3 Mackerel functions to help make server monitoring from home easier

Mackerel team CRE Yoshida (id:syou6162) here. And today I’d like to highlight 3 Mackerel features that really come in handy when working remotely.

Sharing graphs with team members by posting to Slack

When working / developing with a team while physically together in the same room, it’s probably most common to have the Mackerel dashboard displayed on a large screen for everyone to see (like in the WILLER case study). If everyone’s looking at the same screen, the discussion can progress. However, this approach might need to change when the situation calls for working remotely through applications such as Google Meet or Zoom, and depending on certain variables like connection status and bandwidth, sharing the same screen with every member may not be an option.

For situations such as this, we definitely recommend using the graph sharing function. You can easily post graphs to notification channels by simply clicking the camera button on the graph screen.


This function lets you share a graph that you are currently viewing in Mackerel with notification channels. With just a few clicks, you can share any graph that you might want to discuss with team members without having to share the screen itself. We believe that this can be really useful and hope that you put it to good use while working remotely.

Graph Annotations

When working from home, I personally find it more difficult for communication to go smoothly compared to working face to face. And if the situation necessitates more communication, a higher chat flow is often inevitable. I’m sure many of us who regularly post notifications about server operations in congested chats can understand, keeping track of what happened throughout the day can be a struggle.

For this, Mackerel’s graph annotation function can be really useful. Graph annotations allow you to write and leave information for services and roles like details of when certain operations were performed.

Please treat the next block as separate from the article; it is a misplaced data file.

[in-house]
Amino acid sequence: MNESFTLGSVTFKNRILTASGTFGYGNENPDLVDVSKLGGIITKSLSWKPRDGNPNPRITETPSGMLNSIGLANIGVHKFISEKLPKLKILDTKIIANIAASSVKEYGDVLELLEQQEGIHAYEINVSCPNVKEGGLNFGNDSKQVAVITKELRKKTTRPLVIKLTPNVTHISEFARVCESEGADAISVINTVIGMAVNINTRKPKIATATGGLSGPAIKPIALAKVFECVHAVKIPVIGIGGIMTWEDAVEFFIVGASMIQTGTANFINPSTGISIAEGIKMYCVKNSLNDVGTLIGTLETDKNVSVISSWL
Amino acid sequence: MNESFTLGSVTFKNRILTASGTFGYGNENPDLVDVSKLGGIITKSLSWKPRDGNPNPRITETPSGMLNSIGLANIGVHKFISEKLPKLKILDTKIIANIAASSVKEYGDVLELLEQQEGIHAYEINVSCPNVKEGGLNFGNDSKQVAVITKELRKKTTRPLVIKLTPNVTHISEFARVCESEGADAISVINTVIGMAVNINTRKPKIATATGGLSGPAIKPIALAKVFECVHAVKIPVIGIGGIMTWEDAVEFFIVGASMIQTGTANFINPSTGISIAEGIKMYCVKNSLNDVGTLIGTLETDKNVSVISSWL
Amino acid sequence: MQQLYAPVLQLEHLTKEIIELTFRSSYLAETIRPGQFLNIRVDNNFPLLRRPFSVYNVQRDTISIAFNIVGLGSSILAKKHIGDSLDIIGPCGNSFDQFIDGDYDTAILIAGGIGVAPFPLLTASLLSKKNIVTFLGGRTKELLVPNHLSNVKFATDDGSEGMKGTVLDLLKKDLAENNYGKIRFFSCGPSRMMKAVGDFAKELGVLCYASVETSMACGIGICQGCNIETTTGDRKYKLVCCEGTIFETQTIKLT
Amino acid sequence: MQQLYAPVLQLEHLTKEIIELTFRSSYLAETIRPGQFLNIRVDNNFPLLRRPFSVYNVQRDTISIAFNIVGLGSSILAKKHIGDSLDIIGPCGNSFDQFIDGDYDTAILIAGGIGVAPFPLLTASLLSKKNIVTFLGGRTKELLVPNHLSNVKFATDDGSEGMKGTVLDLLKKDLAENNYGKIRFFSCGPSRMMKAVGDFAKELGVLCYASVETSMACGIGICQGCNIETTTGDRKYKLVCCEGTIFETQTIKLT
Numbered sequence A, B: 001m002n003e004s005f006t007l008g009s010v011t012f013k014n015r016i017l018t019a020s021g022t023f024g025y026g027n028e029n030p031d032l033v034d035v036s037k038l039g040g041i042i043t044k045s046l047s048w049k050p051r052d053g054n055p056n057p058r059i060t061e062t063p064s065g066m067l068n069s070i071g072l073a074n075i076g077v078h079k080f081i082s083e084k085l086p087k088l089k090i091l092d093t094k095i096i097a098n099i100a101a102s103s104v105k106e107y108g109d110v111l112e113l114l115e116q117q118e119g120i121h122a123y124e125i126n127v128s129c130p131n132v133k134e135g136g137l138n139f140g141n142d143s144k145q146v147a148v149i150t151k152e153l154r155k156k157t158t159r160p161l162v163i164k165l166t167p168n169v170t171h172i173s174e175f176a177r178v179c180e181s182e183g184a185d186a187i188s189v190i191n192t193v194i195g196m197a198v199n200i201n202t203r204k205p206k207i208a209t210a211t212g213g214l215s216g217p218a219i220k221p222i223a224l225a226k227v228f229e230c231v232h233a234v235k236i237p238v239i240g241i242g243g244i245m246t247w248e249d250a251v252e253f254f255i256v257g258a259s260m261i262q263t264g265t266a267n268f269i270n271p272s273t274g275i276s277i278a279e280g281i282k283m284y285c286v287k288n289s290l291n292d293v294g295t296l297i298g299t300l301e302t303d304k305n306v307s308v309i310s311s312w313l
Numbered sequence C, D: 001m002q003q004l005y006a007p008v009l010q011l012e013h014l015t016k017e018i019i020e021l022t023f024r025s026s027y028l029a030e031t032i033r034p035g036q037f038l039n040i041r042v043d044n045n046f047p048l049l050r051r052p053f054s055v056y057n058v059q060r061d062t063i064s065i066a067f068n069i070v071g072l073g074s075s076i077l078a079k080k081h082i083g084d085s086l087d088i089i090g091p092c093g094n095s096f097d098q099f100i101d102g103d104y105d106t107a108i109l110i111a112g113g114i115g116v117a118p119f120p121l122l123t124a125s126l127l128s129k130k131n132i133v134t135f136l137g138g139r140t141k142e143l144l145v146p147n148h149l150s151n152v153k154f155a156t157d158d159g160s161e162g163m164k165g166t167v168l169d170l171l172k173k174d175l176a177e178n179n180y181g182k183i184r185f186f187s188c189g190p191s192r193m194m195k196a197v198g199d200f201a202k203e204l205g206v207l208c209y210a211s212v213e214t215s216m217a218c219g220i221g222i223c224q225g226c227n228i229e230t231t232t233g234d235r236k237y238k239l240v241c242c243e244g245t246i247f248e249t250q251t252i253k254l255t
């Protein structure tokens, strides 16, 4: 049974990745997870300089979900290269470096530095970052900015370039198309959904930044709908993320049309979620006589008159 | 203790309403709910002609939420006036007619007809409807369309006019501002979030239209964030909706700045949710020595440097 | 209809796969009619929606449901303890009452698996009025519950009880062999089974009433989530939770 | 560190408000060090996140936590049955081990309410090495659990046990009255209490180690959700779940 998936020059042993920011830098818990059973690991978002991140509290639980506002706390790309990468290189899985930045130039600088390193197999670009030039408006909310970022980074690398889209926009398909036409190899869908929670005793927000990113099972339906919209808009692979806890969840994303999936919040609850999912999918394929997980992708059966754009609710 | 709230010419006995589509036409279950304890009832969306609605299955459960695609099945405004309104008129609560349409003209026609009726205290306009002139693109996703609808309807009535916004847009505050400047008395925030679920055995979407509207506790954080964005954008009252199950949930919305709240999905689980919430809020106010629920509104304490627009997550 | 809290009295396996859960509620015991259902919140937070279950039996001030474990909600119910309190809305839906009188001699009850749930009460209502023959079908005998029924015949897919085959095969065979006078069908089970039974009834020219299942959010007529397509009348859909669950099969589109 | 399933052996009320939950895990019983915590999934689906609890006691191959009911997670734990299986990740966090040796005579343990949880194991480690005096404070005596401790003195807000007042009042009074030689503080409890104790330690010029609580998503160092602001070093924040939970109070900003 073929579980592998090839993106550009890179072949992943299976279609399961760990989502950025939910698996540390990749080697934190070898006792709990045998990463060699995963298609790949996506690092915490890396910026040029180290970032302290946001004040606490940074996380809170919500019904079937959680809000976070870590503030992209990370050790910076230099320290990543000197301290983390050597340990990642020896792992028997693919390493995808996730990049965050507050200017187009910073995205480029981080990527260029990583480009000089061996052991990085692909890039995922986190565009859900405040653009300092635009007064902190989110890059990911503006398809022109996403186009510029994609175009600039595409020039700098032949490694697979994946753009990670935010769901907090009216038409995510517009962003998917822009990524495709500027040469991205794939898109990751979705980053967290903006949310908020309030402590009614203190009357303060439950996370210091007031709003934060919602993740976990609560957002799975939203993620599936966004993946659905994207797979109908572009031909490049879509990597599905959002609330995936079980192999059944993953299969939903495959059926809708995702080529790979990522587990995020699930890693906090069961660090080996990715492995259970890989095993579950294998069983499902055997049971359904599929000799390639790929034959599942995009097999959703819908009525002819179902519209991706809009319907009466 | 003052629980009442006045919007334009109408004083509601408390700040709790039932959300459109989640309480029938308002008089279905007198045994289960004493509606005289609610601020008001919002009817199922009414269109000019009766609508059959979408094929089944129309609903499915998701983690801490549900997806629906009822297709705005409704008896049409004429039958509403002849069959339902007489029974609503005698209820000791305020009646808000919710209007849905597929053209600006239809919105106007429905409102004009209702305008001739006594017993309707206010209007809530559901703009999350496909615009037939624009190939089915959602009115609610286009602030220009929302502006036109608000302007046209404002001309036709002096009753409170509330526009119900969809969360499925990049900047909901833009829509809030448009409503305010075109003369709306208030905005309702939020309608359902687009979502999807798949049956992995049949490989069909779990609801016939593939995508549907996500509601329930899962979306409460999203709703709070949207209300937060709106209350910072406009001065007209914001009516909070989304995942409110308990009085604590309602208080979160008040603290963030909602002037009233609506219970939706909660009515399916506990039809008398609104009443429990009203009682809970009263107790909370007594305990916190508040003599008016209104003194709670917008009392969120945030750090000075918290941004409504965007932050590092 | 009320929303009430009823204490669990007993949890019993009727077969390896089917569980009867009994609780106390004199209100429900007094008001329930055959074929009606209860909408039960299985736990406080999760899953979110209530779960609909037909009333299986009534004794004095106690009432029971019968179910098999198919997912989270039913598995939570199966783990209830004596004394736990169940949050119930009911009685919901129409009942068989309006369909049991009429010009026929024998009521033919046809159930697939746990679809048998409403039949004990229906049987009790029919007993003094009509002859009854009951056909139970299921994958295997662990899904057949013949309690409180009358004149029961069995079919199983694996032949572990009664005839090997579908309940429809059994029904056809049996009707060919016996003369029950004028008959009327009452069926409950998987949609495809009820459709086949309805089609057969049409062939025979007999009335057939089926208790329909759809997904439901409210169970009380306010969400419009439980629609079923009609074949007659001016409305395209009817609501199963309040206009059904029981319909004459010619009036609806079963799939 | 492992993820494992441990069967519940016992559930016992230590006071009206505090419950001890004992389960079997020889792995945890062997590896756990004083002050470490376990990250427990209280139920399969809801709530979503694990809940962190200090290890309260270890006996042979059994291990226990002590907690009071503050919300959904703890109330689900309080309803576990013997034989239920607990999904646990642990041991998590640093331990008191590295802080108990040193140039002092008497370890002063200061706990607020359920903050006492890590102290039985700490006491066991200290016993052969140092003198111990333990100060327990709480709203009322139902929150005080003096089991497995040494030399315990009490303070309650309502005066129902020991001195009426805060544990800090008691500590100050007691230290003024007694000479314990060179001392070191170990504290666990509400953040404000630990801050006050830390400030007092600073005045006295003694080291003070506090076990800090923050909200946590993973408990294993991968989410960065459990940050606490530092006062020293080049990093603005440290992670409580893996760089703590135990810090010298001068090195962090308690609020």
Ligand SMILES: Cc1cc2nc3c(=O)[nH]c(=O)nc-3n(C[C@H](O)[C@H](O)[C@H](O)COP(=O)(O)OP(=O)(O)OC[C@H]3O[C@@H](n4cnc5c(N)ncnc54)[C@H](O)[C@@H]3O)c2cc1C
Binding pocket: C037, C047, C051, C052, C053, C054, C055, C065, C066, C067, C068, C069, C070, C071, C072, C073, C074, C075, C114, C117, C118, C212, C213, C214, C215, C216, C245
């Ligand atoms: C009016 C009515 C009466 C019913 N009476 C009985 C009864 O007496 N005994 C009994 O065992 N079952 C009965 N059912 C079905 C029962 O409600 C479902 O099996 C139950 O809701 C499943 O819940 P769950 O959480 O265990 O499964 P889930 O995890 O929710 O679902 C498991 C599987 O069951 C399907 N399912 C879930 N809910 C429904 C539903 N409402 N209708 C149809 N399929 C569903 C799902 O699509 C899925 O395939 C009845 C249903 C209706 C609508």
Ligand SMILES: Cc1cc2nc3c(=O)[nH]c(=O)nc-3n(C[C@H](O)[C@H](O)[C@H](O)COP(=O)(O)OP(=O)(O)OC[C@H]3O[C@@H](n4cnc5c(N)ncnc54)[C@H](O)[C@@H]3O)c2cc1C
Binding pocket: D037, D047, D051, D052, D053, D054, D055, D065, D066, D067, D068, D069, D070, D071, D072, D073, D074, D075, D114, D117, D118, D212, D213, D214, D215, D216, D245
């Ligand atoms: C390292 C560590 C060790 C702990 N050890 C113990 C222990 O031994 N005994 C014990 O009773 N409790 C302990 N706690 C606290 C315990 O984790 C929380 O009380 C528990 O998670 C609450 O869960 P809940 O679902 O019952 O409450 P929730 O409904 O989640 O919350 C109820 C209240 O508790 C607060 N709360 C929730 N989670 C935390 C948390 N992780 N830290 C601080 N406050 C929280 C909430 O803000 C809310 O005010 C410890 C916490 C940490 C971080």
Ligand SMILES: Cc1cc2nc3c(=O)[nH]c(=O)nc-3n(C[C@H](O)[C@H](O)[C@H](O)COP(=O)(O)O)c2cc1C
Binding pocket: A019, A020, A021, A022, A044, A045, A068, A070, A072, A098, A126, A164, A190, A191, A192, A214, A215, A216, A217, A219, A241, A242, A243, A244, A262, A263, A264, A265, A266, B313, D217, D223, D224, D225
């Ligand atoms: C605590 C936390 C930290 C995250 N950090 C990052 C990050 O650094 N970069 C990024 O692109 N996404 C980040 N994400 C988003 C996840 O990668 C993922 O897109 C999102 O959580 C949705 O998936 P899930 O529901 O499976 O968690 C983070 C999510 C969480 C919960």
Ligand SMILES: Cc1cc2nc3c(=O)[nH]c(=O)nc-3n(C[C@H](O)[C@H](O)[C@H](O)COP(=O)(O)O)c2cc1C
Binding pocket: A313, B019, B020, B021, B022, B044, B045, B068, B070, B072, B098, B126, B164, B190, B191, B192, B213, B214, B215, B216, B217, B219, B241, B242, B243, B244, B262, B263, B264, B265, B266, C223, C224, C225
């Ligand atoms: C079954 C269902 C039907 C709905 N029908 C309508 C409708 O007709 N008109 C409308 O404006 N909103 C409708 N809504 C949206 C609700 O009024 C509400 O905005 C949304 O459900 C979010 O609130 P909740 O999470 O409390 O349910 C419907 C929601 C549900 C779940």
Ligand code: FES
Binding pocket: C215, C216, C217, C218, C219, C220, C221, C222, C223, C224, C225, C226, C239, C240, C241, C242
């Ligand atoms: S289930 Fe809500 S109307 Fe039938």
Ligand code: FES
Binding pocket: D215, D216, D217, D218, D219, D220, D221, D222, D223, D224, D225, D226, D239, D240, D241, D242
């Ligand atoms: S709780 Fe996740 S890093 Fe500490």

Leaving graph annotations makes it easier to track the changes made to the service. We highly recommend adding a link to the pull request or a Git commit hash in the description as this will make it much easier to understand the situation. Also, being able to see the metrics and the annotation together is really helpful in understanding what caused the change.

Additionally, you can implement this for all kinds of things depending on the situation. Fellow CRE id:a-know wrote a blog post about leaving output lines detected by log monitoring as graph annotations. Check that out in the link below.

(Japanese only)

You can also post annotations using the mkr command, which is Mackerel's official CLI tool, or with the API. On top of that, you can have annotations posted automatically when the release is completed by incorporating these in the CI/CD tool application release flow.

When it comes to server operations, you might have more to think about when working remotely compared to in the office, but we hope that using graph annotations can help lighten that load a little.

An easy to read user interface even from your smartphone

One of the obvious perks of working from home is not having to commute. But for some, that time is used to mentally switch on/off from work. I can sympathize. After work, I want to close my PC and just relax, but more often than not, an alert or a problem will pop up and drag me right back. Even if I tell myself I’m just checking an alert, if I reopen my PC, it’s easy to inadvertently get sucked back in.

Mackerel’s user interface was designed to be user friendly and easy to read on PC, but the same goes for smartphones as well. The graph sharing function, which we covered in the beginning, can easily be utilized from your smartphone and checking alerts is quick and easy. If it’s not a problem that needs to be dealt with right away, you can just stay lying down and relax. Being able to use Mackerel from your phone while relaxing might help relieve some stress.

Bonus: Monitor your own room environment with service metrics

When stuck at home all day, sometimes it’s easy to get caught up in work and forget about important things like ventilation. If the CO2 level gets too high and your head starts feeling a bit foggy, that’s a situation we definitely want to avoid.

Some users monitor the carbon dioxide and humidity levels in their rooms using IoT devices with Mackerel service metrics. It's relatively easy to install, so if you're interested, why not give it a try?

(Japanese only)

To close

For many of us, remote work is becoming the norm and there’s going to be a lot that needs to change. But with the help of Mackerel’s intuitive functions, I think that service monitoring can still run smoothly even while working remotely. If you’ve been meaning to try any of these functions out but haven’t had the chance, by all means, now is as good of a time as any.